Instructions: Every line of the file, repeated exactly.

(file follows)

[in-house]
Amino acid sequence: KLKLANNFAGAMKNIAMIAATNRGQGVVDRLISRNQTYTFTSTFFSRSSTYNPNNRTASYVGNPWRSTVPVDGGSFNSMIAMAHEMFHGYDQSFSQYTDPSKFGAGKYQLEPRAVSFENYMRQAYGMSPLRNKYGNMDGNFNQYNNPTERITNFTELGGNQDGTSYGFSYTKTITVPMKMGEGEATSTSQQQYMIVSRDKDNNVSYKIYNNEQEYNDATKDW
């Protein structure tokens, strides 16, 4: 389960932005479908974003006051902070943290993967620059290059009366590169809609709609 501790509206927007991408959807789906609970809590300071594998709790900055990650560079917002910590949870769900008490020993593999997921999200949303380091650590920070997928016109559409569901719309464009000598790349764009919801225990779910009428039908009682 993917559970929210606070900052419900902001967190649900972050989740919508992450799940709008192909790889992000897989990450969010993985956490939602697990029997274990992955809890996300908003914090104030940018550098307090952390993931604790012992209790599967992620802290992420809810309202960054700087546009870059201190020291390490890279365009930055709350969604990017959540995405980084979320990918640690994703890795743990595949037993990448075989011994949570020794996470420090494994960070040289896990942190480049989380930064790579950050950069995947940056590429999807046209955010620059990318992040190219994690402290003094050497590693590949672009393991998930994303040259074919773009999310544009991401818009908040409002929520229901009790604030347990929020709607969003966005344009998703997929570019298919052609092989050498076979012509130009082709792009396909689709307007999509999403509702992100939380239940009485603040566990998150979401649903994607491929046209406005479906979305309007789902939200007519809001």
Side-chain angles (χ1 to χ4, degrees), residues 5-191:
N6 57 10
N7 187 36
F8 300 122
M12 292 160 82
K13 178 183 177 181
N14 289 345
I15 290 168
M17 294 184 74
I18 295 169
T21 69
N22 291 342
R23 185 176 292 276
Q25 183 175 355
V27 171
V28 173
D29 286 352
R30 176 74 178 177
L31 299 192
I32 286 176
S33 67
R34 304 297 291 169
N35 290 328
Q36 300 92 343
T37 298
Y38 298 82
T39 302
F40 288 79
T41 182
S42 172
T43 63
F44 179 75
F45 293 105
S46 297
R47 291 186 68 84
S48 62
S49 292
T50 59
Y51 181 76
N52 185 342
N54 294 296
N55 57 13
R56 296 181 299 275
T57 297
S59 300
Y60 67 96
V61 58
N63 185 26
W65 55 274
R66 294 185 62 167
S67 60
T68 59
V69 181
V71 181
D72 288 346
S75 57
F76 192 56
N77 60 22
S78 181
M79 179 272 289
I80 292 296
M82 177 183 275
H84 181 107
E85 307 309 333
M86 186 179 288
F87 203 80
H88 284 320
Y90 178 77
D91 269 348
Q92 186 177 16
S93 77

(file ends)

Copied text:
[in-house]
Amino acid sequence: KLKLANNFAGAMKNIAMIAATNRGQGVVDRLISRNQTYTFTSTFFSRSSTYNPNNRTASYVGNPWRSTVPVDGGSFNSMIAMAHEMFHGYDQSFSQYTDPSKFGAGKYQLEPRAVSFENYMRQAYGMSPLRNKYGNMDGNFNQYNNPTERITNFTELGGNQDGTSYGFSYTKTITVPMKMGEGEATSTSQQQYMIVSRDKDNNVSYKIYNNEQEYNDATKDW
């Protein structure tokens, strides 16, 4: 389960932005479908974003006051902070943290993967620059290059009366590169809609709609 501790509206927007991408959807789906609970809590300071594998709790900055990650560079917002910590949870769900008490020993593999997921999200949303380091650590920070997928016109559409569901719309464009000598790349764009919801225990779910009428039908009682 993917559970929210606070900052419900902001967190649900972050989740919508992450799940709008192909790889992000897989990450969010993985956490939602697990029997274990992955809890996300908003914090104030940018550098307090952390993931604790012992209790599967992620802290992420809810309202960054700087546009870059201190020291390490890279365009930055709350969604990017959540995405980084979320990918640690994703890795743990595949037993990448075989011994949570020794996470420090494994960070040289896990942190480049989380930064790579950050950069995947940056590429999807046209955010620059990318992040190219994690402290003094050497590693590949672009393991998930994303040259074919773009999310544009991401818009908040409002929520229901009790604030347990929020709607969003966005344009998703997929570019298919052609092989050498076979012509130009082709792009396909689709307007999509999403509702992100939380239940009485603040566990998150979401649903994607491929046209406005479906979305309007789902939200007519809001």
Side-chain angles (χ1 to χ4, degrees), residues 5-191:
N6 57 10
N7 187 36
F8 300 122
M12 292 160 82
K13 178 183 177 181
N14 289 345
I15 290 168
M17 294 184 74
I18 295 169
T21 69
N22 291 342
R23 185 176 292 276
Q25 183 175 355
V27 171
V28 173
D29 286 352
R30 176 74 178 177
L31 299 192
I32 286 176
S33 67
R34 304 297 291 169
N35 290 328
Q36 300 92 343
T37 298
Y38 298 82
T39 302
F40 288 79
T41 182
S42 172
T43 63
F44 179 75
F45 293 105
S46 297
R47 291 186 68 84
S48 62
S49 292
T50 59
Y51 181 76
N52 185 342
N54 294 296
N55 57 13
R56 296 181 299 275
T57 297
S59 300
Y60 67 96
V61 58
N63 185 26
W65 55 274
R66 294 185 62 167
S67 60
T68 59
V69 181
V71 181
D72 288 346
S75 57
F76 192 56
N77 60 22
S78 181
M79 179 272 289
I80 292 296
M82 177 183 275
H84 181 107
E85 307 309 333
M86 186 179 288
F87 203 80
H88 284 320
Y90 178 77
D91 269 348
Q92 186 177 16
S93 77